Recently I had the fortuitous opportunity of listening to the video songs of Charyageet conceptualized by Dr. Ramala Sarma, who teaches Philosophy at Nowgong College (Autonomous). After watching and listening to it on her YouTube channel RamalaCreates I thought I would not be serving her justice if I didn’t write a note of appreciation for her commendable work.
Dr. Ramala Sarma, in a pioneering attempt, has brought out ancient literature into focus in her work on Charyageet composed in a delightful and euphonic tone, drawing our attention to the relevance and importance of the ancient Kamrupi Buddhist monks’ contribution to the Buddhist literature.
Even though I was not familiar with this tradition until now, her work kindled my interest in Charyapada to a great extent. I began to study the Charyapada eventually. More so because of the way it was presented in such a melodious way. Had it not been presented that way, I would not have given much thought to it.
Dr. Sarma meticulously draws out some inspiration from the Charyageet-1 (Luipadanam) and Caryagit-32 (Sarahapadanam) and lays them out in an interestingly fresh exposition accentuating the Buddhist point of view with regard to the doctrine of five aggregates and the ephemerality of material things.
The Charyas are mystic and spiritually didactic songs composed in an early Apabhramsa dialect by a number of Vajrayani as well as Sahajyani Buddhist monks. The Charya songs were spontaneously composed verses that articulated the practitioner’s experience of the enlightened state. Thus these songs can be said to be an artistic description of the practice of Dhamma and the literature of the Vajrayani Sahajiya monks.
The Buddhist view of non-substantiality of self (anatta) and five aggregates (panchkhanda) can be found in some verses of the Charyageets. One such verse goes like this: Odobhuo bhavamoha re disoi por opyona// e jogo jolovimbokare sahaje sun opona (Carya-39), meaning the craving for the material world is peculiar; it creates a difference between self and other. But this world is like bubbles of water, bereft of any substantial self. This can be understood by the practice of ‘sahaj’.
The opening line of the Caryagit-1 Ka aa toruboro poncho bi dala, meaning, ‘the body is like the finest tree, with five branches’ was accentuated in her video song in the form of an expression of the five aggregates of Buddhism, viz., material form, feeling, perception, mental formations, and consciousness into which the Buddha analyses the living being.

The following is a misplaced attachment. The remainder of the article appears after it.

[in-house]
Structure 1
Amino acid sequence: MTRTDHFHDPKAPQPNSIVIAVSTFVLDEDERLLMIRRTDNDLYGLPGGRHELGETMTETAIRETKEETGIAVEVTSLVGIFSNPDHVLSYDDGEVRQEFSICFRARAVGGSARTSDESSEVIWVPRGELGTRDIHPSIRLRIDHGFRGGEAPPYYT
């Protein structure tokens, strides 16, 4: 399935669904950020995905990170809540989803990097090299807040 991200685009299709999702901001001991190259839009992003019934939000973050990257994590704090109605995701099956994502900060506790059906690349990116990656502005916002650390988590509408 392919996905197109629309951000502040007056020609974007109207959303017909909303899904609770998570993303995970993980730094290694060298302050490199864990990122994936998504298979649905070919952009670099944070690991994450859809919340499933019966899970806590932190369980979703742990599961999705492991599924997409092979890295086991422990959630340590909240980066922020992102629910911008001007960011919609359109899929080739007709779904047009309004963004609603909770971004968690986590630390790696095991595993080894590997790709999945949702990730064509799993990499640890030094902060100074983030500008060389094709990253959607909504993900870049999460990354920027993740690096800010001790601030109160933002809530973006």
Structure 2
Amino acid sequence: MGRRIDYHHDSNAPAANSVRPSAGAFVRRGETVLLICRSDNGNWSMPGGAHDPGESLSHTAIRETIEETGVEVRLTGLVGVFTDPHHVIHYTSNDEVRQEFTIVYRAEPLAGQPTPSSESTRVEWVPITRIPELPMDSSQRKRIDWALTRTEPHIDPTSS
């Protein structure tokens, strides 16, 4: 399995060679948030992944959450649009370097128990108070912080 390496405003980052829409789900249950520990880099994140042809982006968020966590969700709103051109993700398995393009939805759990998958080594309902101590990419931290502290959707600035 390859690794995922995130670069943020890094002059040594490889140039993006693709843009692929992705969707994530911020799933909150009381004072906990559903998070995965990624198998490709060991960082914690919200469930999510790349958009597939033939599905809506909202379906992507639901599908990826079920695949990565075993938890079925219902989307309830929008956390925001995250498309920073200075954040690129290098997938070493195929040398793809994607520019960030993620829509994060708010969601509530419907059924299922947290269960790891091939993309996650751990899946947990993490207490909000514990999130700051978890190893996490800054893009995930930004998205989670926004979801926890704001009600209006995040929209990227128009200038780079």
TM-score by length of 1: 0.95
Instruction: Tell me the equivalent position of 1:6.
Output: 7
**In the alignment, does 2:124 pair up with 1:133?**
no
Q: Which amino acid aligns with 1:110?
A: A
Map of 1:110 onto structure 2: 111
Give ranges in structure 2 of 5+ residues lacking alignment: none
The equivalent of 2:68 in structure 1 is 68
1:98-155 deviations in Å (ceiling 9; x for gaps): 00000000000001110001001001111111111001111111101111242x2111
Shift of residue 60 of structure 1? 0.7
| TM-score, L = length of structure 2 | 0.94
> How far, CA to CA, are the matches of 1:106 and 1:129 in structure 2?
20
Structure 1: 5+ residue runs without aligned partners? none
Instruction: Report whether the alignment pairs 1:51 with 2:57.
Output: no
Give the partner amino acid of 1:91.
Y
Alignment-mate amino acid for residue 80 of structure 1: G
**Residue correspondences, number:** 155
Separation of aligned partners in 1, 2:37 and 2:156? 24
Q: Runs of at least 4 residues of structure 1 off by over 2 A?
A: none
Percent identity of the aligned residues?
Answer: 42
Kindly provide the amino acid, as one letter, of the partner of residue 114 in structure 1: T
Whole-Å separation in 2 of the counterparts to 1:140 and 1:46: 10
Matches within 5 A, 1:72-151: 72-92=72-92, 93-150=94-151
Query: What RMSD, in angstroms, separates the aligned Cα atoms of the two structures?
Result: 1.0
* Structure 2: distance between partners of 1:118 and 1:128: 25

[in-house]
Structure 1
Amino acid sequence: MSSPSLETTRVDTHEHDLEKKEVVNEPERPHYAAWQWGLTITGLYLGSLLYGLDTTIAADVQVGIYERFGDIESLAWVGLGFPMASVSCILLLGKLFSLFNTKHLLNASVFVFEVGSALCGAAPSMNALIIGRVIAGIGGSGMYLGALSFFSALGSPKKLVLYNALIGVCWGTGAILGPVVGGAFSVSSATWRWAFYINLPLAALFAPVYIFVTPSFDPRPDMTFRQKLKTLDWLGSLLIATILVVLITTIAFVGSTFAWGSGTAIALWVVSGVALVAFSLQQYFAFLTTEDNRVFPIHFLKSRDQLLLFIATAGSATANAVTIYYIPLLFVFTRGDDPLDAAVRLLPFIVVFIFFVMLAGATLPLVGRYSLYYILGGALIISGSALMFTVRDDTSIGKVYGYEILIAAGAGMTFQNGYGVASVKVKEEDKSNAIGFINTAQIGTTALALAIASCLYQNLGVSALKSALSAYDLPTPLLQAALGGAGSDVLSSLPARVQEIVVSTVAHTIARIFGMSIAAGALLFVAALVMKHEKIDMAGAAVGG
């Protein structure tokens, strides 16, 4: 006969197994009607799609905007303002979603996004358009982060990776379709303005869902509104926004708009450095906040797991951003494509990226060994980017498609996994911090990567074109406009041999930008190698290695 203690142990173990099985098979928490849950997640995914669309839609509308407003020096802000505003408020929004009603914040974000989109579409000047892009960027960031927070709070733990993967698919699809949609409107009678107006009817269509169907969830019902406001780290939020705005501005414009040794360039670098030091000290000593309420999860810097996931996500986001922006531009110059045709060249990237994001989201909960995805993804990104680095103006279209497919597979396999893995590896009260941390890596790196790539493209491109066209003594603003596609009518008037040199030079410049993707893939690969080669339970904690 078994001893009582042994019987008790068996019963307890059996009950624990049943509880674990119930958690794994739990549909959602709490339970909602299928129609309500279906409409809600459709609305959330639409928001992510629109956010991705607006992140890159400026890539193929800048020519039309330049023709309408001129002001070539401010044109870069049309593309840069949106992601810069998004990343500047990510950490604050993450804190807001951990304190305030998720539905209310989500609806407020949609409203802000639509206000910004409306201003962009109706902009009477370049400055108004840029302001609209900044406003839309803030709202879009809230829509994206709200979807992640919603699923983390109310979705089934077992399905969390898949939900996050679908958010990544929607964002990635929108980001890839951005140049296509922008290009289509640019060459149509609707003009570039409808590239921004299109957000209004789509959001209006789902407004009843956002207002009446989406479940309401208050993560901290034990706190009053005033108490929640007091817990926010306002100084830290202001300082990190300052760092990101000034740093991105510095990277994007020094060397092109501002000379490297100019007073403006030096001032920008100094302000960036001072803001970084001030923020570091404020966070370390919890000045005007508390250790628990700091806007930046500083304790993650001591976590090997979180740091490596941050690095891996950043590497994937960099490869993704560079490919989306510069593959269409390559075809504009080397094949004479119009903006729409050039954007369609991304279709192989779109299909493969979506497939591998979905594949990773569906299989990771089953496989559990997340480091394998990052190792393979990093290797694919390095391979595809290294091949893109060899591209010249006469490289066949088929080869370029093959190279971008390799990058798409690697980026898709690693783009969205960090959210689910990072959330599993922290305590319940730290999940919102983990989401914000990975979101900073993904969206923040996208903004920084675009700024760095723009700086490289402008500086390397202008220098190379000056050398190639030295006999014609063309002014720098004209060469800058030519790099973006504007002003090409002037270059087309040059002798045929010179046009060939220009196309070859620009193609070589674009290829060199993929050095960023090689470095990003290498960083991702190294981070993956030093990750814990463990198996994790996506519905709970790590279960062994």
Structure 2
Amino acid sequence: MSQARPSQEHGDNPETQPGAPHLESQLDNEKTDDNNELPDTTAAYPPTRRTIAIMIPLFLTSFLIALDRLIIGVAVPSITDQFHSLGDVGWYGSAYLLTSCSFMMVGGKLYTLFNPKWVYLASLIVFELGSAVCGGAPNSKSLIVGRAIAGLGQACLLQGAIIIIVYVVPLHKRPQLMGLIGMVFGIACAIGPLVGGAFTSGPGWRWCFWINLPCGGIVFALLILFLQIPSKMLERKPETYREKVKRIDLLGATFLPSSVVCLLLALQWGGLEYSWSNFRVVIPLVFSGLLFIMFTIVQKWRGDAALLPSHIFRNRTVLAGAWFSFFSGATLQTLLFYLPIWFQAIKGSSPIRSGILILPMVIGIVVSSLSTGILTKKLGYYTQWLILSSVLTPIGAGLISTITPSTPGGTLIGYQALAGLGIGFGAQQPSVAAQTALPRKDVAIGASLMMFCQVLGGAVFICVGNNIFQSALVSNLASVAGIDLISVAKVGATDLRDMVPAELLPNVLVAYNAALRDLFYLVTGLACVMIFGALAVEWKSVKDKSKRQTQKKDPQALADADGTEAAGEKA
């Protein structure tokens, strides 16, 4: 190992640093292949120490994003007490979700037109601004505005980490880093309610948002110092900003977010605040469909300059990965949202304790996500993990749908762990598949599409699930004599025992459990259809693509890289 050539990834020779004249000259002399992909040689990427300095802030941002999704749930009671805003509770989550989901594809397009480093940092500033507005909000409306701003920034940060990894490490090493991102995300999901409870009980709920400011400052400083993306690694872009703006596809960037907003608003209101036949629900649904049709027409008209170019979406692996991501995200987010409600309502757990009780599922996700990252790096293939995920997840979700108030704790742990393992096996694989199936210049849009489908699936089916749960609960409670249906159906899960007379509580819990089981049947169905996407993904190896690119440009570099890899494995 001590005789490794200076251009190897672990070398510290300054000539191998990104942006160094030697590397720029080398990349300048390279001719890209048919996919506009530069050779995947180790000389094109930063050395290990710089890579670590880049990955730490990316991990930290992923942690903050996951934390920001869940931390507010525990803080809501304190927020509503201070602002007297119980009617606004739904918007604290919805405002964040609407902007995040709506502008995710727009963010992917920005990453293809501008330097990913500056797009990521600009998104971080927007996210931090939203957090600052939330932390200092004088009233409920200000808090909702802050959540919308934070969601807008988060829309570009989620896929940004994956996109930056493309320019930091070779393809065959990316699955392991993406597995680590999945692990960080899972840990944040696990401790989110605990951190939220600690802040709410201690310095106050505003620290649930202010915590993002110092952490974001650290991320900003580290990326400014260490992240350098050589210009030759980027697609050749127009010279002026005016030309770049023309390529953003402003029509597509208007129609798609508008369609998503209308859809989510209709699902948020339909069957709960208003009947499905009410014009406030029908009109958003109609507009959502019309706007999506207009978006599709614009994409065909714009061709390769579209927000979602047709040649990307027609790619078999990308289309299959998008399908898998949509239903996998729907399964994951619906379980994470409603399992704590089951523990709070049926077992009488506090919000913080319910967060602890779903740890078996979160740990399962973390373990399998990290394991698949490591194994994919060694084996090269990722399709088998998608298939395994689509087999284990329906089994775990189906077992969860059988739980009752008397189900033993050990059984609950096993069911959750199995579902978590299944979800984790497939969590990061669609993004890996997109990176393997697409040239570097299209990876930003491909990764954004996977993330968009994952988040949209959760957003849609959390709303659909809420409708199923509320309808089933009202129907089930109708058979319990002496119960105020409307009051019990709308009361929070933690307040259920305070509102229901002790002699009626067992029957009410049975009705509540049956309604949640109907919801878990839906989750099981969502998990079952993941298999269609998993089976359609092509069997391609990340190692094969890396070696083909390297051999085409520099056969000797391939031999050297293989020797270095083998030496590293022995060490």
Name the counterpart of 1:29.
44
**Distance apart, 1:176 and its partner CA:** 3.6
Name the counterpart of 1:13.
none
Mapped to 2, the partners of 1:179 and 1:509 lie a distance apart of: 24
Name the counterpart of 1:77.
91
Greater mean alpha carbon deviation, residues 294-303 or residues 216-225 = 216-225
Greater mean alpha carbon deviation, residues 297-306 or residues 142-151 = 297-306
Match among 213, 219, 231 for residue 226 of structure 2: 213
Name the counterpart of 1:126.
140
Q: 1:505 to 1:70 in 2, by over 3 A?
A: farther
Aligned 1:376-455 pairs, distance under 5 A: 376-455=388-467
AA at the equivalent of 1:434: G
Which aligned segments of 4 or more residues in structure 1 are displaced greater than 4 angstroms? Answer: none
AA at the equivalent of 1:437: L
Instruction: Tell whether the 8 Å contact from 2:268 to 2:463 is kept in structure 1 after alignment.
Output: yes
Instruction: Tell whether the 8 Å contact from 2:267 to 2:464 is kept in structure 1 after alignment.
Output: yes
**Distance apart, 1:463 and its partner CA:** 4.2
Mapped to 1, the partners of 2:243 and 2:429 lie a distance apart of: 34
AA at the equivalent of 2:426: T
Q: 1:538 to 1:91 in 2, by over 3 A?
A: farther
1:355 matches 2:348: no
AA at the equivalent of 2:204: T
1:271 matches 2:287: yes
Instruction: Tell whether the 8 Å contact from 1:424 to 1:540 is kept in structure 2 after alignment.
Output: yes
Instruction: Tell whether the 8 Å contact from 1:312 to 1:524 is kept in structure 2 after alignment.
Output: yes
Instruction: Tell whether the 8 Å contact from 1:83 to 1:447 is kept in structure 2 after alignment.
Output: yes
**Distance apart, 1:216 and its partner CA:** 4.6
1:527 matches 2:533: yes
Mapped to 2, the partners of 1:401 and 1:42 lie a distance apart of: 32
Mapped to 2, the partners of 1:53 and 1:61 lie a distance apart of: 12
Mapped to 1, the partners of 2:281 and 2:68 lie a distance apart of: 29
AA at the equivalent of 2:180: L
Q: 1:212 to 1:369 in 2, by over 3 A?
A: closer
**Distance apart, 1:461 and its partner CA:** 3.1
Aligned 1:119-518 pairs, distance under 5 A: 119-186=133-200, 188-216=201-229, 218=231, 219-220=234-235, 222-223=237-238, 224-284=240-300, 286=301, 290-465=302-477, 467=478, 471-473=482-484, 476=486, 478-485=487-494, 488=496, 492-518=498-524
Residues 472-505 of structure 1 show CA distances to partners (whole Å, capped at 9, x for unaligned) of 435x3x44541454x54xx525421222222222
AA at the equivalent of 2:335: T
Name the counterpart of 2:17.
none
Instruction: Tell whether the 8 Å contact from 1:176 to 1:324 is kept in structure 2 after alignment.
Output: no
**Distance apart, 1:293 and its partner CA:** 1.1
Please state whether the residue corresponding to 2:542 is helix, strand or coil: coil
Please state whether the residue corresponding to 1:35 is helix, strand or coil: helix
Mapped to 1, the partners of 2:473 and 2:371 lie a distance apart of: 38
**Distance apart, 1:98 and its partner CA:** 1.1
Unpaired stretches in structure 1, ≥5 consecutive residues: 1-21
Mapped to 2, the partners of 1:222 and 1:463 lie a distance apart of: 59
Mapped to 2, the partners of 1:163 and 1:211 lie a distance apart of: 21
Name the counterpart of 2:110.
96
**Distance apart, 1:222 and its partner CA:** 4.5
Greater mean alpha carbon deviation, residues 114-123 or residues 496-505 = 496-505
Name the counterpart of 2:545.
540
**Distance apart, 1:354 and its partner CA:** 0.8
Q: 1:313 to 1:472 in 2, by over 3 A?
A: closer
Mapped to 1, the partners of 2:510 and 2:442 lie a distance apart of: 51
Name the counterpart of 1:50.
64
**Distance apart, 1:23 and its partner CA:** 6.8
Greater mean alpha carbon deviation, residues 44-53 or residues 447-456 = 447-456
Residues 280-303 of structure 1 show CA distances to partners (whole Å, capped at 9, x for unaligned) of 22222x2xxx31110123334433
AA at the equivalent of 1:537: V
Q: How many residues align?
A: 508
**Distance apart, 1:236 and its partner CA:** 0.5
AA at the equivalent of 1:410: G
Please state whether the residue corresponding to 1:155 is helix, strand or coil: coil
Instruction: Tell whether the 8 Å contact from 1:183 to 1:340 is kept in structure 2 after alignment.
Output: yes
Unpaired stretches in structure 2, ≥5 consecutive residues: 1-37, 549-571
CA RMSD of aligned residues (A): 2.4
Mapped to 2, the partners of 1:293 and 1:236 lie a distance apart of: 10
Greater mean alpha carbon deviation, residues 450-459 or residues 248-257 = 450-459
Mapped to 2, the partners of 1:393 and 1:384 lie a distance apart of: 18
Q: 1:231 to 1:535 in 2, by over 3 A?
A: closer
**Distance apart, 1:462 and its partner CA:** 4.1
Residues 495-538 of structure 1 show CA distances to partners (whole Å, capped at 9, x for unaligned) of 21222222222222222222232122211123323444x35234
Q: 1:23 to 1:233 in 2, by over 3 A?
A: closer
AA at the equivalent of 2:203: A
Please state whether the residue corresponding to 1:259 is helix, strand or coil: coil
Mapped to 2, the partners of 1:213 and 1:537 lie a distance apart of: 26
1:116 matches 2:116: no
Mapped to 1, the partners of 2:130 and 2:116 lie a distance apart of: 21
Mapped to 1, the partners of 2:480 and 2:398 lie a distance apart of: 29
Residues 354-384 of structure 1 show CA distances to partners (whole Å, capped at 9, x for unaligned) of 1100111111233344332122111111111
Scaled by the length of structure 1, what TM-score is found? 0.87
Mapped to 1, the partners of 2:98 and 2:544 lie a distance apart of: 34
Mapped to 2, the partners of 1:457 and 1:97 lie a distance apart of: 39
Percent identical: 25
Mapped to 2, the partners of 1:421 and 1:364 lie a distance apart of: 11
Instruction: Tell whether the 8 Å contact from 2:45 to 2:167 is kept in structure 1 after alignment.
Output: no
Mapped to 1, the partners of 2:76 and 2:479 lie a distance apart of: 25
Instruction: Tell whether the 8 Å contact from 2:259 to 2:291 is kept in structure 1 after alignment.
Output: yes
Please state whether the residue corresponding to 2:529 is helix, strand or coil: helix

Again, the Buddhist concept of awakening is emphasized in Charyageet-32 which states that enlightenment is not to be sought outside. It is in us to explore which we need a non-judgemental insightful mind.
In the texts of these songs, we find traces of the formative stage of Bengali, Assamese, Maithili, and Oria languages.
In presenting her work, she not only highlighted the message of Charyapada but offered it in a fashion that can be embraced with relish. The presentation of the songs gives an air of tranquillity and inner calm, enhancing the message of the Charya profoundly.
I appreciate her work and hope that it can be used by those who are interested in furthering their knowledge in such areas as these as well as people like me who had no prior knowledge of similar literature.
Not only Dr. Sarma, but the excellent works of the dedication of the music composer duos, Grahadhish Sarma and Rajib Chetri must be commended, and the singer Grahadhish Sarma for providing mesmeric vocals and Gitartha Sharma for the beautiful visual effects which altogether blended everything into a coherent piece of work.
It also must be mentioned that this is not the only contribution provided by Dr. Sarma to Assamese Buddhism. Her arduous research on Buddhism in Assam as well as Northeast India has brought to light many aspects of the Buddhist philosophy and practice of this region. Her book “Buddhism in Tai Life of Assam” validates it.
It may be mentioned that she has obtained a design registration by the Patent Office, Kolkata, Government of India on September 1, 2020, for an innovative textile product that has aesthetically appealing features and can be used for many purposes, regularly and occasionally.
I wish Dr. Sarma an excellent future and hope she would continue with her good work for the benefit of all.
The author is a Buddhist futurist and meditation practitioner from Colombo, Sri Lanka.